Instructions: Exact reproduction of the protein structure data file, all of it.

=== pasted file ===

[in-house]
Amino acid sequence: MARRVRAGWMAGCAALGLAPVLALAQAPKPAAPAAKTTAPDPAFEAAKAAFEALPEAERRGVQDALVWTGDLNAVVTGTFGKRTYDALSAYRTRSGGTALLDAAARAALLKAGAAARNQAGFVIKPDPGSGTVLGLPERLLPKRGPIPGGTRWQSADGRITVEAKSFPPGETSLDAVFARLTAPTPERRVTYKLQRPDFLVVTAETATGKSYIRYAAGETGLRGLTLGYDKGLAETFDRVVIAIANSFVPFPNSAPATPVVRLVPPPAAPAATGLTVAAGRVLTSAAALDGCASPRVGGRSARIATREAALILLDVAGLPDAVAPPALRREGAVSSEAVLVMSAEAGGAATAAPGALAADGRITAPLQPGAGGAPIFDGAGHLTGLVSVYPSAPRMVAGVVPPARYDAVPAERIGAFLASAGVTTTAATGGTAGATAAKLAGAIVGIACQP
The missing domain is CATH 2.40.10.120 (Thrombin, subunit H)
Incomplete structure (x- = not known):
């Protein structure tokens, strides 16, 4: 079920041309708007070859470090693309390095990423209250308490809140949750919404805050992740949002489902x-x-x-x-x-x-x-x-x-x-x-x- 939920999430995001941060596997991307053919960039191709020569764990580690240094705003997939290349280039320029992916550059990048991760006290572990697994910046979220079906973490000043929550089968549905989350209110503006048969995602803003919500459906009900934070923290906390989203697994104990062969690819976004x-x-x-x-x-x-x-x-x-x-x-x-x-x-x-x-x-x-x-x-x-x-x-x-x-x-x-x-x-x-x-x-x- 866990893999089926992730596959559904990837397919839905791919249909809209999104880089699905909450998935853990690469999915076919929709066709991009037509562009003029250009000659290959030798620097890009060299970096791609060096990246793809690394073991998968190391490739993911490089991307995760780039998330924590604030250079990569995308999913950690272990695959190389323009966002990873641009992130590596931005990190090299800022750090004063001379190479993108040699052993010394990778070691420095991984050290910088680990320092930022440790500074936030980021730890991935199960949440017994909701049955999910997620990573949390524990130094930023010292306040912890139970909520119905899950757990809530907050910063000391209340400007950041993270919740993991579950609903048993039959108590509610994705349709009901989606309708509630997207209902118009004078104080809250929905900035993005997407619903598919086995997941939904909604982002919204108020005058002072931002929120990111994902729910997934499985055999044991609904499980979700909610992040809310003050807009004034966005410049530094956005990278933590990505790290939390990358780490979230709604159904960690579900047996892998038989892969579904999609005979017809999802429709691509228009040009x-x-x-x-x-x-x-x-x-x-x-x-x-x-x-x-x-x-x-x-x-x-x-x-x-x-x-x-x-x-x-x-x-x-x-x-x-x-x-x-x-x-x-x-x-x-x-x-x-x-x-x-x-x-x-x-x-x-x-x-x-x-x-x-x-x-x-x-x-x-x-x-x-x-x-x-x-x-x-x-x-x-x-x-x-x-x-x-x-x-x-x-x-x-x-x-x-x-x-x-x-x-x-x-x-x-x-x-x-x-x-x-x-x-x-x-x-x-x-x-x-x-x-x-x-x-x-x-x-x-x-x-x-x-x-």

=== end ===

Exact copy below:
[in-house]
Amino acid sequence: MARRVRAGWMAGCAALGLAPVLALAQAPKPAAPAAKTTAPDPAFEAAKAAFEALPEAERRGVQDALVWTGDLNAVVTGTFGKRTYDALSAYRTRSGGTALLDAAARAALLKAGAAARNQAGFVIKPDPGSGTVLGLPERLLPKRGPIPGGTRWQSADGRITVEAKSFPPGETSLDAVFARLTAPTPERRVTYKLQRPDFLVVTAETATGKSYIRYAAGETGLRGLTLGYDKGLAETFDRVVIAIANSFVPFPNSAPATPVVRLVPPPAAPAATGLTVAAGRVLTSAAALDGCASPRVGGRSARIATREAALILLDVAGLPDAVAPPALRREGAVSSEAVLVMSAEAGGAATAAPGALAADGRITAPLQPGAGGAPIFDGAGHLTGLVSVYPSAPRMVAGVVPPARYDAVPAERIGAFLASAGVTTTAATGGTAGATAAKLAGAIVGIACQP
The missing domain is CATH 2.40.10.120 (Thrombin, subunit H)
Incomplete structure (x- = not known):
């Protein structure tokens, strides 16, 4: 079920041309708007070859470090693309390095990423209250308490809140949750919404805050992740949002489902x-x-x-x-x-x-x-x-x-x-x-x- 939920999430995001941060596997991307053919960039191709020569764990580690240094705003997939290349280039320029992916550059990048991760006290572990697994910046979220079906973490000043929550089968549905989350209110503006048969995602803003919500459906009900934070923290906390989203697994104990062969690819976004x-x-x-x-x-x-x-x-x-x-x-x-x-x-x-x-x-x-x-x-x-x-x-x-x-x-x-x-x-x-x-x-x- 866990893999089926992730596959559904990837397919839905791919249909809209999104880089699905909450998935853990690469999915076919929709066709991009037509562009003029250009000659290959030798620097890009060299970096791609060096990246793809690394073991998968190391490739993911490089991307995760780039998330924590604030250079990569995308999913950690272990695959190389323009966002990873641009992130590596931005990190090299800022750090004063001379190479993108040699052993010394990778070691420095991984050290910088680990320092930022440790500074936030980021730890991935199960949440017994909701049955999910997620990573949390524990130094930023010292306040912890139970909520119905899950757990809530907050910063000391209340400007950041993270919740993991579950609903048993039959108590509610994705349709009901989606309708509630997207209902118009004078104080809250929905900035993005997407619903598919086995997941939904909604982002919204108020005058002072931002929120990111994902729910997934499985055999044991609904499980979700909610992040809310003050807009004034966005410049530094956005990278933590990505790290939390990358780490979230709604159904960690579900047996892998038989892969579904999609005979017809999802429709691509228009040009x-x-x-x-x-x-x-x-x-x-x-x-x-x-x-x-x-x-x-x-x-x-x-x-x-x-x-x-x-x-x-x-x-x-x-x-x-x-x-x-x-x-x-x-x-x-x-x-x-x-x-x-x-x-x-x-x-x-x-x-x-x-x-x-x-x-x-x-x-x-x-x-x-x-x-x-x-x-x-x-x-x-x-x-x-x-x-x-x-x-x-x-x-x-x-x-x-x-x-x-x-x-x-x-x-x-x-x-x-x-x-x-x-x-x-x-x-x-x-x-x-x-x-x-x-x-x-x-x-x-x-x-x-x-x-």